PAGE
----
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Opinion

Disgraceful

THAT DOES IT - Korina Sanchez - The Freeman

Rizal Park and Luneta are the Metro Manila's foremost public parks. Every year on Christmas Day, thousands enjoy the serene atmosphere, the beautiful scenery, not to mention the historical aspect of the place. It is the ideal place for the family, especially for young children. The same can be said for the Quezon Memorial Circle. Not as scenic as Rizal Park but a wonderful place for the family as well. Activities abound for the active children and adults. But as the sun sets and the day ends, what is left behind is a disgrace.

Garbage of all sorts are just left where they were discarded, with no effort at all to properly dispose of them. Food packaging, gift wrappers, water bottles, leftover food and even human waste. What was a pristine place the day before has turned into a virtual dumpsite. All are left for the clean-up crew to deal with. Hundreds of sacks of garbage are collected the very next day, a gargantuan task for the maintenance staff. While bins provided are overwhelmed, is no effort at all to properly discard the waste. How hard is it to place one's garbage into bags and properly put aside for the collectors to just pick up? Is it really the mindset of these people that it is the responsibility of others to clean up after them? That attitude even trumps those of actual millionaires who have servants at their beck and call.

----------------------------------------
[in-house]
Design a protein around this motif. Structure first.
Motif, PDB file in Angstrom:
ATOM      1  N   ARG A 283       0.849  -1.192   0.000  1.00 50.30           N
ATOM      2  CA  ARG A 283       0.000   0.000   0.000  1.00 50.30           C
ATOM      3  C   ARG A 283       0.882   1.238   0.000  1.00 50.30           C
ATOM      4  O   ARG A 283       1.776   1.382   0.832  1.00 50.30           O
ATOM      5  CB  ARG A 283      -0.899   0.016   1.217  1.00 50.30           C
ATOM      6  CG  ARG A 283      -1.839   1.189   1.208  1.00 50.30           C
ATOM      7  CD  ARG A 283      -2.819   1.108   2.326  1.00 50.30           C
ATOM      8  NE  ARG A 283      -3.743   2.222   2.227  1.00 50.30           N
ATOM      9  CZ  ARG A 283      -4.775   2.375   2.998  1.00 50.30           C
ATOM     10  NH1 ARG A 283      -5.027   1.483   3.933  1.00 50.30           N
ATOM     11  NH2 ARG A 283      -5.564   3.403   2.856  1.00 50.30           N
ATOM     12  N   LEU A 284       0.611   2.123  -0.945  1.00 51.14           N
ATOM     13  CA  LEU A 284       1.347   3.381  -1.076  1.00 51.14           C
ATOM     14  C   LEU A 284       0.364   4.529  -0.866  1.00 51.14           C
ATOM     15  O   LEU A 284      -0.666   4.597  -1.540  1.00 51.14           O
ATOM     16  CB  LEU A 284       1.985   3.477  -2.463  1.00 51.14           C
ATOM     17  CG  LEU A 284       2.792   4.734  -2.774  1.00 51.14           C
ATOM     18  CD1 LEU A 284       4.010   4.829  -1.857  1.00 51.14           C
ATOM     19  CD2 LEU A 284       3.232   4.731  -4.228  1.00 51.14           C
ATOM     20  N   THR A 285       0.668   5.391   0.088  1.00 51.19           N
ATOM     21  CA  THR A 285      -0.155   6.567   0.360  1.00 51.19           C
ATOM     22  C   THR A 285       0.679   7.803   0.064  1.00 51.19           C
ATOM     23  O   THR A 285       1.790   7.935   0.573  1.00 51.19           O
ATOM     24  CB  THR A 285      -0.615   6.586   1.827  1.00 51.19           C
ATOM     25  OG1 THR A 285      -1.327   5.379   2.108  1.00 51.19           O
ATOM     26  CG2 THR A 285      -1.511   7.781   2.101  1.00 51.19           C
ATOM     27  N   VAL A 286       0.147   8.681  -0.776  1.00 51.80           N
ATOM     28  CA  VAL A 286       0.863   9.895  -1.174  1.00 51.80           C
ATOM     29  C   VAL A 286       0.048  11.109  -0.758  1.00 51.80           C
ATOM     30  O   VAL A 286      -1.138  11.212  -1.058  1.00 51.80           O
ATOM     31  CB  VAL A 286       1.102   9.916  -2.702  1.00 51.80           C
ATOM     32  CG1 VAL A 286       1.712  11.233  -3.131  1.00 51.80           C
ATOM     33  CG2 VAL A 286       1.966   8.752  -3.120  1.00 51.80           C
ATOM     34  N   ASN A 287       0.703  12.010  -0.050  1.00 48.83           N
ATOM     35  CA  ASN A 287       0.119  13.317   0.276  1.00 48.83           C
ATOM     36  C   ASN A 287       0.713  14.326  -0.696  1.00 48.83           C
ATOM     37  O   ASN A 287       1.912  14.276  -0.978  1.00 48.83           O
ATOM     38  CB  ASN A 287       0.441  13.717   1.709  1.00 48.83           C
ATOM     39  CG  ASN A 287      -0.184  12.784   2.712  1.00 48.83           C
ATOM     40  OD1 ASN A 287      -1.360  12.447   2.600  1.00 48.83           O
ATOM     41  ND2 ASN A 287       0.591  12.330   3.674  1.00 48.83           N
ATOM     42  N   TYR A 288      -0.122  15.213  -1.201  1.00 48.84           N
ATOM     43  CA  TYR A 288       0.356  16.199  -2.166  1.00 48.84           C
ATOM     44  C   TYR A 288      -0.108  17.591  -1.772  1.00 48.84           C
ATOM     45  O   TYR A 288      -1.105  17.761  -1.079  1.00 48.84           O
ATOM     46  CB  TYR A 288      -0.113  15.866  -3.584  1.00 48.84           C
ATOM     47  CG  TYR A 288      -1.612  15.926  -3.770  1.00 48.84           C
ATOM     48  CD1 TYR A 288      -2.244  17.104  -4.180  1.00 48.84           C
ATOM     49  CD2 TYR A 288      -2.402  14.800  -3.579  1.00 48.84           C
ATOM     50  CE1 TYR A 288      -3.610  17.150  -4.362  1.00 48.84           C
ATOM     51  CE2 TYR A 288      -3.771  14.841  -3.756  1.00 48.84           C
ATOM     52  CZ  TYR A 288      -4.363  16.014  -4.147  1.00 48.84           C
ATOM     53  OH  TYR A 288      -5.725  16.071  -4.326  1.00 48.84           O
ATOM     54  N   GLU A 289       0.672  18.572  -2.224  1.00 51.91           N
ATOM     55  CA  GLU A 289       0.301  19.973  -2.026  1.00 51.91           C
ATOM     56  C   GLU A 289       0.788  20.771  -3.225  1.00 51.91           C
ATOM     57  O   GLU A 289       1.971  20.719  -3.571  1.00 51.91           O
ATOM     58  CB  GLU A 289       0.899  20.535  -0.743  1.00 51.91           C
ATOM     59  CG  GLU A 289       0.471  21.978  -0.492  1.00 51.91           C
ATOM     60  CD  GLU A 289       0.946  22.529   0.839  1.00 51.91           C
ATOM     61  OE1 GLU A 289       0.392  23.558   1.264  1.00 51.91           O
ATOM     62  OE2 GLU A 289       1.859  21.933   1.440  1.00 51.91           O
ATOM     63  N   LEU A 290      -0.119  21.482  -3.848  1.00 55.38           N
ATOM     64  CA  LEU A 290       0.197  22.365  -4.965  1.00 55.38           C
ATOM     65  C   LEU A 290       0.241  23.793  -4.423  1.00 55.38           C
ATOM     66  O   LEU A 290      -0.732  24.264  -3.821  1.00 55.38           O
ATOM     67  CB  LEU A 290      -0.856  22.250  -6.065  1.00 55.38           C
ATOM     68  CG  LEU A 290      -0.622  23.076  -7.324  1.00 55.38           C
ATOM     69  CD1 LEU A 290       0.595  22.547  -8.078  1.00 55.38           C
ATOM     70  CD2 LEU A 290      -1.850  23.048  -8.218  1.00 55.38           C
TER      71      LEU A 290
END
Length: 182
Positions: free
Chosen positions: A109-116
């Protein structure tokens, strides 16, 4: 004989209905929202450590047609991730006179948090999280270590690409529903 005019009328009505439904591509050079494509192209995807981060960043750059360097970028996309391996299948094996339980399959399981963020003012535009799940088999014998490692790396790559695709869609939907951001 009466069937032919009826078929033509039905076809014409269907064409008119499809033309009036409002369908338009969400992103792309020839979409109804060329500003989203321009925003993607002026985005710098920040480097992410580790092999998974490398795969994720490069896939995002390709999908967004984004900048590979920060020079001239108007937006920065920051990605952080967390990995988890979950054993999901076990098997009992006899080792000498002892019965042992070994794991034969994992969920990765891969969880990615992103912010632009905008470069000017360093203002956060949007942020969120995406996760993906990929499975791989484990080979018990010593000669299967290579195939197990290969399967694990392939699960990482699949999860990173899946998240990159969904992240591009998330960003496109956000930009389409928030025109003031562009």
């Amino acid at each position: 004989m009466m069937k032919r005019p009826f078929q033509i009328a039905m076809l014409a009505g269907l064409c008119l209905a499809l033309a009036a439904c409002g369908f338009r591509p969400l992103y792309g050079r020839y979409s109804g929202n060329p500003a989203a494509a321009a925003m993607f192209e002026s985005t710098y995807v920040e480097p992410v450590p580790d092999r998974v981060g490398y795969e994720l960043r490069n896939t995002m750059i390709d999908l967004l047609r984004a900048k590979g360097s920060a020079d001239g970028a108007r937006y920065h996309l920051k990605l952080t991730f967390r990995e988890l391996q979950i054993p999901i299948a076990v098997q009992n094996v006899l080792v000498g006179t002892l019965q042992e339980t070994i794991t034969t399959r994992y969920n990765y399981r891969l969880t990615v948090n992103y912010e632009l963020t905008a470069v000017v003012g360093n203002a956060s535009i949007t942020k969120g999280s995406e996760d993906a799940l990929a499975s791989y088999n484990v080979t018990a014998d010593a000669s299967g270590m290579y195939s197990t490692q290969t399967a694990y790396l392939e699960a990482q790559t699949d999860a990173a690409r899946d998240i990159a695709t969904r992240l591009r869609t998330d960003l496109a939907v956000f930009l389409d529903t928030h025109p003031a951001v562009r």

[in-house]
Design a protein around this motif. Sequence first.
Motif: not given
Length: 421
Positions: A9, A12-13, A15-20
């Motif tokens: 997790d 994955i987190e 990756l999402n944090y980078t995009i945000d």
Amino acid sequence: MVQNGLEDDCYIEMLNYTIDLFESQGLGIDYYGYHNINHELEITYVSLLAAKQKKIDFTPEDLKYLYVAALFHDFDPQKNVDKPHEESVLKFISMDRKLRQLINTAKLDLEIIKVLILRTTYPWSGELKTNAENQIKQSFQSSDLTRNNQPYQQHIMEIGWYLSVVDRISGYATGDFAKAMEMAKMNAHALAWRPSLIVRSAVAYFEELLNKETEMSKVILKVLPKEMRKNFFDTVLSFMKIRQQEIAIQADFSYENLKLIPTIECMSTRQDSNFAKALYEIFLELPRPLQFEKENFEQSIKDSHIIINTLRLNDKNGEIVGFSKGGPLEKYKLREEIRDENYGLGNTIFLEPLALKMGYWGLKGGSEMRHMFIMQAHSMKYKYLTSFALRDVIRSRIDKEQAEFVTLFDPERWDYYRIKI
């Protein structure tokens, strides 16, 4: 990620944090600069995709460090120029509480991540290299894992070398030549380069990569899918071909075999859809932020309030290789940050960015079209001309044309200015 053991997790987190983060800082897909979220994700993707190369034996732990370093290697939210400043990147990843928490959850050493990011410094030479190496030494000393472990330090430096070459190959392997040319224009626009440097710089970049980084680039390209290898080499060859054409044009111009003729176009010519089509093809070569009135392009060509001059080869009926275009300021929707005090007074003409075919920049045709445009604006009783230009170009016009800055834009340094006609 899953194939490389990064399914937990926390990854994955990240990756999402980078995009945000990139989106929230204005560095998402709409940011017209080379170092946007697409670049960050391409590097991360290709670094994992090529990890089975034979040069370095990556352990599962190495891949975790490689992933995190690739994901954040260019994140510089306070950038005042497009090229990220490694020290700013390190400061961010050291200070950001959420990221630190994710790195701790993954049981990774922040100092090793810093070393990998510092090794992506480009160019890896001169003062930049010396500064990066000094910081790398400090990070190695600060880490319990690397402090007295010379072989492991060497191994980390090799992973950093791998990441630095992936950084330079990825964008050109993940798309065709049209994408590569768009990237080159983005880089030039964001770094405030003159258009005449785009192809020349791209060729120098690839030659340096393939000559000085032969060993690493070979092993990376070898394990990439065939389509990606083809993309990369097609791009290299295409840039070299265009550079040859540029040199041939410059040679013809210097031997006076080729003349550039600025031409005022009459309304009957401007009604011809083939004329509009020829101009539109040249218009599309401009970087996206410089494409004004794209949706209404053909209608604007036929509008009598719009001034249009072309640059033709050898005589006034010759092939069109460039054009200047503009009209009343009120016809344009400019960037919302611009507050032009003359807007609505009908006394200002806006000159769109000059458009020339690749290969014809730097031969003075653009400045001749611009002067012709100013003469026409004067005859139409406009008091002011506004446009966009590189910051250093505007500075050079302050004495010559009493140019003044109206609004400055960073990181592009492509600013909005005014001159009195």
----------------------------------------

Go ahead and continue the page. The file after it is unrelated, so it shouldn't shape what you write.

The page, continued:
In the last World Cup competition, Japanese soccer fans were seen cleaning up their area after a game. While many praised their actions, there were some who thumbed their noses and raised eyebrows, calling them "weird." Apparently, doing the right thing does not sit well with some. I lauded the efforts of the Japanese, and just dreamt we could emulate the kind of mindset they have towards cleanliness.

So if there is a New Year's resolution I would want to wish on the whole country, it is a change of attitude towards cleanliness. But as New Year's resolutions go, people would be back to their uncaring ways by the end of the week. There are cities that have strict anti-littering laws, with heavy fines for offenders. Instead of cities implementing them, why not the national government? If the government is so good at finding bullets in baggage, why not citing litterbugs that are in plain sight? This ingrained culture of just throwing stuff anywhere has to stop, and if it takes heavy fines and even jail time to do it, so be it. Wouldn't it be a refreshing change to see clean streets, sidewalks and of course, public parks?

[email protected]

CHRISTMAS DAY

CLEAN

DAY

METRO MANILA

NEW YEAR

PLACE

QUEZON MEMORIAL CIRCLE

QUOT

RIZAL PARK

RIZAL PARK AND LUNETA

WORLD CUP

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